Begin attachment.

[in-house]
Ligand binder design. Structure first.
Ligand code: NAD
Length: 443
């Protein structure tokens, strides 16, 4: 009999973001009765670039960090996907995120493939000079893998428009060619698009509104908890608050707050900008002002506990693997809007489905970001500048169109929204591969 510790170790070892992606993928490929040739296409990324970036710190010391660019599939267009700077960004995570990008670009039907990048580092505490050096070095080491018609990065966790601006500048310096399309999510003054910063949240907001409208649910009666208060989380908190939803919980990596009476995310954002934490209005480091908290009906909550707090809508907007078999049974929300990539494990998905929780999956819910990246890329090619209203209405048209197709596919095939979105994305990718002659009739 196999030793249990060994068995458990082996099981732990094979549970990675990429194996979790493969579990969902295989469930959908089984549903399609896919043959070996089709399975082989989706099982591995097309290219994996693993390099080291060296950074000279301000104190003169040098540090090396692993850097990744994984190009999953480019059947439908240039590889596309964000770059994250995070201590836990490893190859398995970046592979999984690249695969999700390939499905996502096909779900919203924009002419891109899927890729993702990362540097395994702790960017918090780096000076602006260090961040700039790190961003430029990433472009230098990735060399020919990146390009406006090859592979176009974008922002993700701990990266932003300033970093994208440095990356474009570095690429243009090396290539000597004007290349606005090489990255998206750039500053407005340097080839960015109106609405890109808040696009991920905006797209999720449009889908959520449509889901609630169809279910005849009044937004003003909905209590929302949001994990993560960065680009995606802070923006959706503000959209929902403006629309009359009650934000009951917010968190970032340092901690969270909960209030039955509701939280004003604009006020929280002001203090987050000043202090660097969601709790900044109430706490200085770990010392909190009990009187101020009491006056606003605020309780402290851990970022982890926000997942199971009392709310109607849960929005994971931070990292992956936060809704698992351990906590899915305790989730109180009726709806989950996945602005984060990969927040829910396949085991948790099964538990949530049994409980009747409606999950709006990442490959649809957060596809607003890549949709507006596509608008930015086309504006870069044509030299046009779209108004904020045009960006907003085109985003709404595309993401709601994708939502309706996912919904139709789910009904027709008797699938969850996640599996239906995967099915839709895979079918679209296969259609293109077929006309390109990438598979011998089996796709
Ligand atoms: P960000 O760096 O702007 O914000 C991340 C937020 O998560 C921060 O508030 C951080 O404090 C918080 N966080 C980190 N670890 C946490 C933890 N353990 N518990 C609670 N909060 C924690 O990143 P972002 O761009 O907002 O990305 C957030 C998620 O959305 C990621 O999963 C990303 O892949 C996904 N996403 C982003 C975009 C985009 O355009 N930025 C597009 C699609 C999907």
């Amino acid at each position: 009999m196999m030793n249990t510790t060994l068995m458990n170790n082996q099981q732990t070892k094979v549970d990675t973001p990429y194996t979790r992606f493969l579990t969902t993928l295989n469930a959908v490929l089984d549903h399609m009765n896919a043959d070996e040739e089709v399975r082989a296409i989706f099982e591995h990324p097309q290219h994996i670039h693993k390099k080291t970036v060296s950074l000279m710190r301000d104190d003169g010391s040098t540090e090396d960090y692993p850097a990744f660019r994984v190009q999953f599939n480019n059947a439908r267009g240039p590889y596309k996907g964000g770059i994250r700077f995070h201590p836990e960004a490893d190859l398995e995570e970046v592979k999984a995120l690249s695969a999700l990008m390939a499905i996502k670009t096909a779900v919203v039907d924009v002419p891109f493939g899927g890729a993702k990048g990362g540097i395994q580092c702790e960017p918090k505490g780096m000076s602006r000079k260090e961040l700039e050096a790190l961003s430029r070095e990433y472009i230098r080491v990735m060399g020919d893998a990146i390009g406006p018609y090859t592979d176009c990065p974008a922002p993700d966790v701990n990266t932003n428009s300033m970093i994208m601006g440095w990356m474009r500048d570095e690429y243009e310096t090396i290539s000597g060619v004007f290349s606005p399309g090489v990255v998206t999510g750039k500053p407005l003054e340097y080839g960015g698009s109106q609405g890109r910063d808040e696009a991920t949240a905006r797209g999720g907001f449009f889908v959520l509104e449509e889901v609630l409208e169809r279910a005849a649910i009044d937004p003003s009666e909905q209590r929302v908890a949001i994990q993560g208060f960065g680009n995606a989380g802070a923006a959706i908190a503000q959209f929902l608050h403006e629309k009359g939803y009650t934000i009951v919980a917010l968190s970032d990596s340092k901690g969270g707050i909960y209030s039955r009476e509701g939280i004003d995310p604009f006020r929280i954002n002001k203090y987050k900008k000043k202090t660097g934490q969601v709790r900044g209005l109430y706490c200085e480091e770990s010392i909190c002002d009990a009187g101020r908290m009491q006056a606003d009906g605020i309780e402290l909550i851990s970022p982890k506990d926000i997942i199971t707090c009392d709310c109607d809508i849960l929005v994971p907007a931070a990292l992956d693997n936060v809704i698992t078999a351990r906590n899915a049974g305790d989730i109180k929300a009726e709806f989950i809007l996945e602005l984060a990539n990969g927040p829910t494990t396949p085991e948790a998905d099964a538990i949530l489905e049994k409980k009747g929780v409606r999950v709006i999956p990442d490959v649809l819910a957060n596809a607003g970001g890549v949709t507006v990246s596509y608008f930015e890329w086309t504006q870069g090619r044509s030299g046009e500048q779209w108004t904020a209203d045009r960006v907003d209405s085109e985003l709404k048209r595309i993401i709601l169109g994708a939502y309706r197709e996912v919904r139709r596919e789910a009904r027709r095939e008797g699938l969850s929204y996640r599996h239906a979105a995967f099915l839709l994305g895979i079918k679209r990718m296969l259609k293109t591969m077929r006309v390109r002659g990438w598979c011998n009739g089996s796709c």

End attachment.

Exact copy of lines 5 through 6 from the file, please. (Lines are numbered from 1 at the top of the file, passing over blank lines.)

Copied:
């Protein structure tokens, strides 16, 4: 009999973001009765670039960090996907995120493939000079893998428009060619698009509104908890608050707050900008002002506990693997809007489905970001500048169109929204591969 510790170790070892992606993928490929040739296409990324970036710190010391660019599939267009700077960004995570990008670009039907990048580092505490050096070095080491018609990065966790601006500048310096399309999510003054910063949240907001409208649910009666208060989380908190939803919980990596009476995310954002934490209005480091908290009906909550707090809508907007078999049974929300990539494990998905929780999956819910990246890329090619209203209405048209197709596919095939979105994305990718002659009739 196999030793249990060994068995458990082996099981732990094979549970990675990429194996979790493969579990969902295989469930959908089984549903399609896919043959070996089709399975082989989706099982591995097309290219994996693993390099080291060296950074000279301000104190003169040098540090090396692993850097990744994984190009999953480019059947439908240039590889596309964000770059994250995070201590836990490893190859398995970046592979999984690249695969999700390939499905996502096909779900919203924009002419891109899927890729993702990362540097395994702790960017918090780096000076602006260090961040700039790190961003430029990433472009230098990735060399020919990146390009406006090859592979176009974008922002993700701990990266932003300033970093994208440095990356474009570095690429243009090396290539000597004007290349606005090489990255998206750039500053407005340097080839960015109106609405890109808040696009991920905006797209999720449009889908959520449509889901609630169809279910005849009044937004003003909905209590929302949001994990993560960065680009995606802070923006959706503000959209929902403006629309009359009650934000009951917010968190970032340092901690969270909960209030039955509701939280004003604009006020929280002001203090987050000043202090660097969601709790900044109430706490200085770990010392909190009990009187101020009491006056606003605020309780402290851990970022982890926000997942199971009392709310109607849960929005994971931070990292992956936060809704698992351990906590899915305790989730109180009726709806989950996945602005984060990969927040829910396949085991948790099964538990949530049994409980009747409606999950709006990442490959649809957060596809607003890549949709507006596509608008930015086309504006870069044509030299046009779209108004904020045009960006907003085109985003709404595309993401709601994708939502309706996912919904139709789910009904027709008797699938969850996640599996239906995967099915839709895979079918679209296969259609293109077929006309390109990438598979011998089996796709
Ligand atoms: P960000 O760096 O702007 O914000 C991340 C937020 O998560 C921060 O508030 C951080 O404090 C918080 N966080 C980190 N670890 C946490 C933890 N353990 N518990 C609670 N909060 C924690 O990143 P972002 O761009 O907002 O990305 C957030 C998620 O959305 C990621 O999963 C990303 O892949 C996904 N996403 C982003 C975009 C985009 O355009 N930025 C597009 C699609 C999907």